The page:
Corporate Tax

Company earnings tax must be a precedence to columnists

The North Carolina state government faces fiscal 2021/22 with nearly $ 5 billion in unexpected revenue and unencumbered savings. Even after critical deposits are made into the state’s Rainy Day Fund, the reserve for repairs and renovations of state buildings, and other accounts, enough money remains on the table to start a fight.

That said, both Democratic Governor Roy Cooper and the GOP-led General Assembly are proposing that the state spend most of the remaining surpluses on a combination of state programs, pay rises for public employees, and tax breaks. Unsurprisingly, they agree on the details.

A key sticking point will be on the tax side. Cooper has proposed a $ 366 million package consisting of an Earned Income Tax Credit and a Child and Dependent Tax Credit. For its part, the Senate is reportedly considering a further cut in income taxes in the form of a lower rate (4.99% vs 5.25%) and an increase in the standard deduction. The total annual cost of the Senate proposal is estimated at $ 1.25 billion.

I am only speaking as a minor clerk, and I don’t think either of the two tax cut options is sufficiently responsive to the present moment. While I’ve advocated adding or expanding child tax credits in the past, in part to compensate larger families for the loss of personal exemptions, the federal law just passed by Congress already includes gigantic tax credits for families in North Carolina.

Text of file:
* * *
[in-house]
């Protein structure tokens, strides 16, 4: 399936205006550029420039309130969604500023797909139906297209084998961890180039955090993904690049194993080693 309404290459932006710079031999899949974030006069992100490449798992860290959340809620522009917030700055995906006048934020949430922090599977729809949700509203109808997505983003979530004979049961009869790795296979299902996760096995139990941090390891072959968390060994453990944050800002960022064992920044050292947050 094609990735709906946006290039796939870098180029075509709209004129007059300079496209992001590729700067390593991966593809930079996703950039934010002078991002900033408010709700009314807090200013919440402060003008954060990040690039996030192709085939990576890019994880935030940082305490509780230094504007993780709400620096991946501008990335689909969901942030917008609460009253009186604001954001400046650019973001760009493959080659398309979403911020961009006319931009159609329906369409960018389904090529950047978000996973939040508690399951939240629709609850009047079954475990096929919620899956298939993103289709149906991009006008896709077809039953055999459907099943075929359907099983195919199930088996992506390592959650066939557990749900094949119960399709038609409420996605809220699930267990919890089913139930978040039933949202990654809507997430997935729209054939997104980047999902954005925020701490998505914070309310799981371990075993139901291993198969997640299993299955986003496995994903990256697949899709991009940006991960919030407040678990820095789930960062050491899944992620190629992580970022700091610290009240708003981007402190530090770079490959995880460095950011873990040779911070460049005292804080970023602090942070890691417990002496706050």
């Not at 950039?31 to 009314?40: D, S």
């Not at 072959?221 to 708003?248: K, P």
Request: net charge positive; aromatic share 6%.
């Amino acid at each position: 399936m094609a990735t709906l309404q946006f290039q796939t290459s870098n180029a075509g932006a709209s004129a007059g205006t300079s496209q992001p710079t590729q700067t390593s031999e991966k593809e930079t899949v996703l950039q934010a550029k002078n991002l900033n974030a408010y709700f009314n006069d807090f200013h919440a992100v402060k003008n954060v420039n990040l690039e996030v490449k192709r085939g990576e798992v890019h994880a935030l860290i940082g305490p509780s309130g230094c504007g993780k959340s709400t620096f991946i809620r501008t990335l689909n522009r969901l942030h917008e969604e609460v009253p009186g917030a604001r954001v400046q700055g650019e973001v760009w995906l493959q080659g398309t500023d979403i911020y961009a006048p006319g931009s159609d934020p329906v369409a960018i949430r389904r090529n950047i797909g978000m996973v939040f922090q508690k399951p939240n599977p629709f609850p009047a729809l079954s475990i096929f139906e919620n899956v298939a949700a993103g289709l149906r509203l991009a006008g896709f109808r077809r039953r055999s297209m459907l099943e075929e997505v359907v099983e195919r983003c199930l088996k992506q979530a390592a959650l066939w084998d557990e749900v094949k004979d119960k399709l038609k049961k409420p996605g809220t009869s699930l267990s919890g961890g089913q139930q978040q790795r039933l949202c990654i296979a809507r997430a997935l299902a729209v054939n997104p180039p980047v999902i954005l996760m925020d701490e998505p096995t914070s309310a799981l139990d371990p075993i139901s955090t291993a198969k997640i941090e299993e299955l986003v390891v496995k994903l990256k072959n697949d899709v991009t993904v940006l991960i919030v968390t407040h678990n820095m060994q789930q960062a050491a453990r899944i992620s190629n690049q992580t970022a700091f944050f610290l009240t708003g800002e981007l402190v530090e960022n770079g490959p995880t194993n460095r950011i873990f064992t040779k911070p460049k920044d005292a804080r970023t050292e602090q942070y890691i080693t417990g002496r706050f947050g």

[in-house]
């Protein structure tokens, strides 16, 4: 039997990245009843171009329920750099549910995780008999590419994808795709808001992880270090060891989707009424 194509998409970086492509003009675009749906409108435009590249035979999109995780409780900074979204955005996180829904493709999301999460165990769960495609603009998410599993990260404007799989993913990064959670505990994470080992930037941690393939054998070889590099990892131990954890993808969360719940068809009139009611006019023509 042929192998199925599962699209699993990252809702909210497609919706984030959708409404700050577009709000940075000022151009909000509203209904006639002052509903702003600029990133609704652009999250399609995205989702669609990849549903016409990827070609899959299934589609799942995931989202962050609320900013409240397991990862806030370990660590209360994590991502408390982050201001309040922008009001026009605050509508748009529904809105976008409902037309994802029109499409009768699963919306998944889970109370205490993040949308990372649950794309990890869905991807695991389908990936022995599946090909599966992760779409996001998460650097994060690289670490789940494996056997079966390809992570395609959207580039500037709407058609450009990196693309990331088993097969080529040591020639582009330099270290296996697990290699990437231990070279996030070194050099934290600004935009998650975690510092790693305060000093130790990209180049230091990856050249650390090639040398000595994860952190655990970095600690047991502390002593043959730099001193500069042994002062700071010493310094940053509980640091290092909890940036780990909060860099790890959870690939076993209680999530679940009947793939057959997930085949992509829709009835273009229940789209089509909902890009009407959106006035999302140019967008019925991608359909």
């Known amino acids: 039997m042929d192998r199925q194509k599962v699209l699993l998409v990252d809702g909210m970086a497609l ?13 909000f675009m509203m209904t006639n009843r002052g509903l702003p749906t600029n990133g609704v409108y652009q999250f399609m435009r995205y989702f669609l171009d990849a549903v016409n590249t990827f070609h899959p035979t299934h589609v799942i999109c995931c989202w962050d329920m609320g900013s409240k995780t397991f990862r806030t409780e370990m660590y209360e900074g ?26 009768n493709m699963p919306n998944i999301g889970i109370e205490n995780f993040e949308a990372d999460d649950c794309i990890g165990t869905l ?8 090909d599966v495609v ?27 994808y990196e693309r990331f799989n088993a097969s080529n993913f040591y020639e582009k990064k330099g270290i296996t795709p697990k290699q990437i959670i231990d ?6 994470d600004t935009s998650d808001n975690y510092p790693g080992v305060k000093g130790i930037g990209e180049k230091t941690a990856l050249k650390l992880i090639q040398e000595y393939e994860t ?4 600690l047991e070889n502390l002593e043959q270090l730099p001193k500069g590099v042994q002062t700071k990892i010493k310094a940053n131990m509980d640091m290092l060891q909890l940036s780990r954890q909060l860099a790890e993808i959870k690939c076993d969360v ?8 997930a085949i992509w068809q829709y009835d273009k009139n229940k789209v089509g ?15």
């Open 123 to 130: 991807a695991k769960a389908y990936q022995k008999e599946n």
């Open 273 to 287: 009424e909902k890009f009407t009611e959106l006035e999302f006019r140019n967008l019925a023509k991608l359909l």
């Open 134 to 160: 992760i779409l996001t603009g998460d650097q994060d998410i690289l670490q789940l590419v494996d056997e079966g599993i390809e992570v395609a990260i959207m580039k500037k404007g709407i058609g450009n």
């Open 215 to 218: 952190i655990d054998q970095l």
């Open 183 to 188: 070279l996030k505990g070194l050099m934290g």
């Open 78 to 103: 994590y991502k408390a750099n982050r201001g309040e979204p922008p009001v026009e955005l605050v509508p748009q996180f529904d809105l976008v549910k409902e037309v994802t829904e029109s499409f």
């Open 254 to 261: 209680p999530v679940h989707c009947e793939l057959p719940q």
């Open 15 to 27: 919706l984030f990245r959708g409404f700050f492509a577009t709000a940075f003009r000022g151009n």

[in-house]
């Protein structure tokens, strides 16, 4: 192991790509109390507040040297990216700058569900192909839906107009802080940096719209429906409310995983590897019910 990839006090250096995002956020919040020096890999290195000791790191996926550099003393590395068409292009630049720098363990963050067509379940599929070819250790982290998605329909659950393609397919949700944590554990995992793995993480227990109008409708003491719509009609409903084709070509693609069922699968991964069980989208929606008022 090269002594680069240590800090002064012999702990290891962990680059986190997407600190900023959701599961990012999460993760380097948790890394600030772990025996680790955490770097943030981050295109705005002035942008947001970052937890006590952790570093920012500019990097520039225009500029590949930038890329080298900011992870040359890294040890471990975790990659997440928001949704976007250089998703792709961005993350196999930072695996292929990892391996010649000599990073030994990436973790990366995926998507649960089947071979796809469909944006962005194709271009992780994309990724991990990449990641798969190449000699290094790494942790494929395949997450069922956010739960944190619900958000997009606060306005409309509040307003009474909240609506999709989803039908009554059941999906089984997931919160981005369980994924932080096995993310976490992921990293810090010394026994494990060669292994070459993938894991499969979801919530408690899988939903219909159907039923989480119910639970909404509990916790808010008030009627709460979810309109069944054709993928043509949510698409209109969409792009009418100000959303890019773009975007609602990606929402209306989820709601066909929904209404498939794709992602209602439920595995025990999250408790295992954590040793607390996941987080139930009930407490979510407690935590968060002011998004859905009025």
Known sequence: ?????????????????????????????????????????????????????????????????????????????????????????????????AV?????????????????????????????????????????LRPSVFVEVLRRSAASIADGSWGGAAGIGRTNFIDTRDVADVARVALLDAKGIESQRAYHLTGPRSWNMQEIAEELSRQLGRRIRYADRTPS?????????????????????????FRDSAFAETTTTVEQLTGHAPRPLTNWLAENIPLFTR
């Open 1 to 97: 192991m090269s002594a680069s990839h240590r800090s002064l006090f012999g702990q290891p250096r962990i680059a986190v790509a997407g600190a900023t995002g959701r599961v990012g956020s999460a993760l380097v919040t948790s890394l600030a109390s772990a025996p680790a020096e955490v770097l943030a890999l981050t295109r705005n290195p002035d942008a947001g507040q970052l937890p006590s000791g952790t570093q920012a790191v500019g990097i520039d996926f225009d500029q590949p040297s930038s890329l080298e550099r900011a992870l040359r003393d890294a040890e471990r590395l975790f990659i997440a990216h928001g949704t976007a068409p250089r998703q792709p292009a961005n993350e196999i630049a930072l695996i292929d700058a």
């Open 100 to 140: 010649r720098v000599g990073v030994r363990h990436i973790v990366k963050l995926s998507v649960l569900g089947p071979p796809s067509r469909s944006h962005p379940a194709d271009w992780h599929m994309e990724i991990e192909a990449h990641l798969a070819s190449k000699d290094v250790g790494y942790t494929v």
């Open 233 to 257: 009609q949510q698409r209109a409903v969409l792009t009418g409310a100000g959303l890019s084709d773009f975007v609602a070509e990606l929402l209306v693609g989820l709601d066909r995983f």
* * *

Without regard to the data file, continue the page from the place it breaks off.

The income tax cut is a welcome relief for many households and will stimulate economic growth. But given the circumstances, I think there is a better lever: corporate tax.

Haven’t legislators already cut North Carolina’s corporate rate? Yes. Our state now has the lowest rate of any state taxing corporate income. This is good news because when it comes to making states more attractive to invest and create jobs, the economic benefit of corporate tax cuts per dollar is likely greater than any other type of tax break.

Corporate taxation is inherently opaque and inefficient. It was invented as a detour to tax individuals at a time when direct taxation on personal income was either unconstitutional or unusual.

Companies are just bundles of contracts. You are a tax collector, not a taxpayer. Indeed, corporate taxation means a combination of 1) reducing the return on investment for shareholders (who typically face double taxation of these income streams), 2) lowering the wages of company employees, and 3) increasing consumer prices. There is some debate about the relative proportions, but a reasonable guess is that shareholders will pay no more than a third of the cost. The employee share can be up to 50%.

So here is my recommendation. North Carolina should phase out its corporate income tax completely over the next two years. The tax impact (around $ 900 million) would be less than the proposed income tax cuts, yet it would bring far-reaching benefits to employees and consumers.

Also, Congress and the Biden administration appear determined to raise federal corporate income taxes. Let’s redress some of the inevitable economic damage in our own state.

John Hood is a columnist for the Carolina Journal.

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